Off to Niagara Falls

I am off to shoot a three day event. Which prompts me to talk about business for the pros among you.

A kind colleague forwarded the opportunity. I called the client, got the details, and quoted for this shoot, and it looked like it was accepted. It was exactly what I do well. Meeting of the minds.

But then, out of the blue, I received a “Nephew Letter”. An “our CEO has a son who has a camera…” type letter. Meaning, instead of paying a pro, a kid would do it, because as we all know, having a camera equals being a pro.

So I could have been angry at being rejected after all that work (making a quote takes time), or at best neutral. I could have been depressed at losing a slice of income.

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“Depression”

But why bother? This wasn’t personal. It wasn’t malice. So instead, I told the client “No worries! Enjoy the event! And just in case anything happens, I will try to hold these days open.”

The client was duly grateful, and I moved on.

Until a few days ago I got an email asking me if I was still available. Which I was, because I had kept the days open. And guess what? The nephew, or whatever he was, flaked out and let them down.

So I am about to pack my car to go shoot for three days.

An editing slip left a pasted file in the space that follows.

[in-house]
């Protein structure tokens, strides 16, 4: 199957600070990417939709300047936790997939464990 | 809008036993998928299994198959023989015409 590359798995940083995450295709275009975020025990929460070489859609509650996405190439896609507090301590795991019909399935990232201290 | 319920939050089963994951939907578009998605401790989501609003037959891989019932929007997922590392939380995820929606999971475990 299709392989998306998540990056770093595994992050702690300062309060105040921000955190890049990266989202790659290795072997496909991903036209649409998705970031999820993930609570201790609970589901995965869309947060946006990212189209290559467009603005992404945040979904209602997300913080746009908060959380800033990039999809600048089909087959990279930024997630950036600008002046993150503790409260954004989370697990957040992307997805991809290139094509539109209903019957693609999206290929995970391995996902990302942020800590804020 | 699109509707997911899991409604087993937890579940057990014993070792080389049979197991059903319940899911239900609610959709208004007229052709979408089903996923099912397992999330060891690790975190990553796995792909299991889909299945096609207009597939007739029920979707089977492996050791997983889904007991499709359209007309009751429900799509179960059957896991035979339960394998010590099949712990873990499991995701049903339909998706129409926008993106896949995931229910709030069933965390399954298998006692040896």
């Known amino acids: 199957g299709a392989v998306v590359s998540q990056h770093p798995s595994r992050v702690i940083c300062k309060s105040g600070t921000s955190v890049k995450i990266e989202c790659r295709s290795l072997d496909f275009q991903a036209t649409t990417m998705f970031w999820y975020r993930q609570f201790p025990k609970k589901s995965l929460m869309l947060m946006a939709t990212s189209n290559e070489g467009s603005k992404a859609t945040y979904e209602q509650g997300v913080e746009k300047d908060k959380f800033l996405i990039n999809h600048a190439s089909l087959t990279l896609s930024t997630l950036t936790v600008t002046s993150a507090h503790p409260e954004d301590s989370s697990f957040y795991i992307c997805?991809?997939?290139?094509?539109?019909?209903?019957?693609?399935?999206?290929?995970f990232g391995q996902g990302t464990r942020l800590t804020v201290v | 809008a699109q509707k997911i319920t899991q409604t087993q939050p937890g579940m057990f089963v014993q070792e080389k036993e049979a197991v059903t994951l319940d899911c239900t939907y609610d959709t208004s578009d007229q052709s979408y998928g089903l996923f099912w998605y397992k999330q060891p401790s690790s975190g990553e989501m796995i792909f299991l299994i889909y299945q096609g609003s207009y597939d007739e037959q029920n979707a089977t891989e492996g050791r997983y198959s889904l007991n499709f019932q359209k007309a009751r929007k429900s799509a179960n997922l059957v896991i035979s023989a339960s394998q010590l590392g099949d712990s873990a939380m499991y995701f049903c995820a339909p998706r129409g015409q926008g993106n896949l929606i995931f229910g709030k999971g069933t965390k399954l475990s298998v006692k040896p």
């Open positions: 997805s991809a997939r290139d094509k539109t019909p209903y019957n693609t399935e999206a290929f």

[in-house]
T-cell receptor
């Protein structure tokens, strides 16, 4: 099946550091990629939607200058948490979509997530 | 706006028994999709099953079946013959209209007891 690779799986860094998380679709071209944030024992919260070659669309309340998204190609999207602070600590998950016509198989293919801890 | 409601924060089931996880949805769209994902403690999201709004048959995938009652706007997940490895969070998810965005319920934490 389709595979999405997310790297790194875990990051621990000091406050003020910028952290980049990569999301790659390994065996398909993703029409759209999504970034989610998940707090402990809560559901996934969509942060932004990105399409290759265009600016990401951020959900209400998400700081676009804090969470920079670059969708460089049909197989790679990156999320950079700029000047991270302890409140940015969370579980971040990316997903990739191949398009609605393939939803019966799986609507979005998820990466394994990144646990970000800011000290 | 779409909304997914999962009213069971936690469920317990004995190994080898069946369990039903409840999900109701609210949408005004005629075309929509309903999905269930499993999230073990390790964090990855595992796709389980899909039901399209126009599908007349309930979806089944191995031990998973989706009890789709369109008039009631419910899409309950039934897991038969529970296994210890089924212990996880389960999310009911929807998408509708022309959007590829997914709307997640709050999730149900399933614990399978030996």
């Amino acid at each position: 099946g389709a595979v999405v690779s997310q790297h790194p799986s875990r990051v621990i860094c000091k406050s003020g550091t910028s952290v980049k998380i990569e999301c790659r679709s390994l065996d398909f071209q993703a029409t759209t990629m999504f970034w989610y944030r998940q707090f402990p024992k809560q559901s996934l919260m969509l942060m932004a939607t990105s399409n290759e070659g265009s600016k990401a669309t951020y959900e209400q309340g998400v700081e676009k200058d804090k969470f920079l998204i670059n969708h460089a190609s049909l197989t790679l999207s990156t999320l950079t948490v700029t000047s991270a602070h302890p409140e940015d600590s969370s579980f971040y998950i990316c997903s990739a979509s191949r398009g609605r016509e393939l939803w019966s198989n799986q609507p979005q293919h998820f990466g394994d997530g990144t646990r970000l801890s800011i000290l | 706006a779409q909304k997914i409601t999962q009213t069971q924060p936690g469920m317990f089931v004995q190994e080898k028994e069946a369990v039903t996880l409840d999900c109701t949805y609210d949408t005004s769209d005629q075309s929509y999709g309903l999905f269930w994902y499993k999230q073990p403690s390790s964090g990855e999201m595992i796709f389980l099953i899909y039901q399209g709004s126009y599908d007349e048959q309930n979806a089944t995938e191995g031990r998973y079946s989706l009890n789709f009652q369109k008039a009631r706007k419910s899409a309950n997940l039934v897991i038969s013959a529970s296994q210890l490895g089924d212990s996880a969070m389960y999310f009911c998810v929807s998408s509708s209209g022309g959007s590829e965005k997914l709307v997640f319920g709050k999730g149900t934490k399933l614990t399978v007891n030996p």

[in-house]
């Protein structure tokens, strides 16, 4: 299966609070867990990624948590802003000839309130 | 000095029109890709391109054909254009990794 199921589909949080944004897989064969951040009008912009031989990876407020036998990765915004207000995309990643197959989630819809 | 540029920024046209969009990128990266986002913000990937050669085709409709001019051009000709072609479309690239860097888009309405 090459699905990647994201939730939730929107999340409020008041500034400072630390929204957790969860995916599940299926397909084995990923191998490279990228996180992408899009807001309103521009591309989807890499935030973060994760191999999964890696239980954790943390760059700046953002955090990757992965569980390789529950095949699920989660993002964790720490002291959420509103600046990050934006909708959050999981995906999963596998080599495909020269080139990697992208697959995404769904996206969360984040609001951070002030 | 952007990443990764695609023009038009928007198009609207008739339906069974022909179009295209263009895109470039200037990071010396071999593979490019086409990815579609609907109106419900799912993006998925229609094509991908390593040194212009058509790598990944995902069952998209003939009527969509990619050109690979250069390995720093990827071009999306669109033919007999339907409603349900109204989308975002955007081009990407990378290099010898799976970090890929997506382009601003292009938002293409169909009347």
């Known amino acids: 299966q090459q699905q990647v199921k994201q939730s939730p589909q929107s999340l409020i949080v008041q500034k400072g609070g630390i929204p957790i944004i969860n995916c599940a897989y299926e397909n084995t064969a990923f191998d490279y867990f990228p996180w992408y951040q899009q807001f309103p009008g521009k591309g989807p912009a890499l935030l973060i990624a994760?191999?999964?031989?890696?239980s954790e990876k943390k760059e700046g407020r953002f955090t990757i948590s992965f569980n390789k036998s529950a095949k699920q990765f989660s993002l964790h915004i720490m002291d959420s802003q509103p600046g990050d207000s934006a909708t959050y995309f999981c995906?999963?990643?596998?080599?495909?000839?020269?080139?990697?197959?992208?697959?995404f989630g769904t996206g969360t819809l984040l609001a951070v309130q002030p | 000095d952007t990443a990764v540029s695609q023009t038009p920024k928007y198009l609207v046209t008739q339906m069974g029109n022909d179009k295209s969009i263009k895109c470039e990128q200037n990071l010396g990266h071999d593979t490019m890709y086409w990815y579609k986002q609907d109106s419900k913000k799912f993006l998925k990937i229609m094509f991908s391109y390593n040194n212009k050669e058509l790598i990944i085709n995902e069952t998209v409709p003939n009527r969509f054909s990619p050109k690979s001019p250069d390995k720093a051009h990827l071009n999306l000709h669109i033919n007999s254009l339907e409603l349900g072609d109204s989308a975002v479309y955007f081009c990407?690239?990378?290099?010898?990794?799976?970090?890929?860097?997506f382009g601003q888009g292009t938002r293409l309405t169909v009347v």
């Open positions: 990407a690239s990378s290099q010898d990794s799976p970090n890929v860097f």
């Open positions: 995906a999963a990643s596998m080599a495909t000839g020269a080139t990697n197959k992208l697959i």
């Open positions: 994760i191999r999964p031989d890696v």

Michael Willems, Photographer

Jumping For Joy

The moral is twofold.

  • First, for pros: be nice to your clients. It’s just business, it’s not personal. In the long run, this will pay off.
  • And for clients: shooting a a tough job, not a “I have a camera so I can do it” thing, and also, quoting for an event takes real time.

I suppose the underlying moral is: “if we all work together, the world can be a better place”. Namaste.

Pic of the day: Travellers. ravellers

travellers

I always carry a camera. Doesn’t this pic shout “Travellers”? No comfortable seating; he is on his smartphone; she is looking at her fingernails; aircraft operations go on slowly in the background. A big but not too busy airport (Las Vegas? No. So where? I cannot remember). Where are they going? Where is their carry-on luggage? Questions.

Shutter speed isn’t all there is to shutter speed.

“Shutter speed” isn’t all there is to shutter speed.

Uh oh. Michael is The Oracle. What on earth does he mean by that confusing statement?

Well, let’s have a look. Let’s set up a couple of gelled and gridded speedlights (using Honlphoto grids and gels) and get a talented life model. Which is exactly what I did in August 2012 at Brock University, during the 5-day flash course I was teaching for the Niagara School of Imaging.

But wait. Because I want to show you the setup, let’s allow in some ambient light. To achieve this we use a really slow shutter speed, of 0.6 sec. More than half a second, in other words. That lets in some ambient. Not a lot, but enough to see the classroom, some of the equipment, and so on.

The picture, showing the setup with the two flashes, below. Look at the two little gelled speedlights, can you spot them? Purple gel on the left and yellow gel on the right: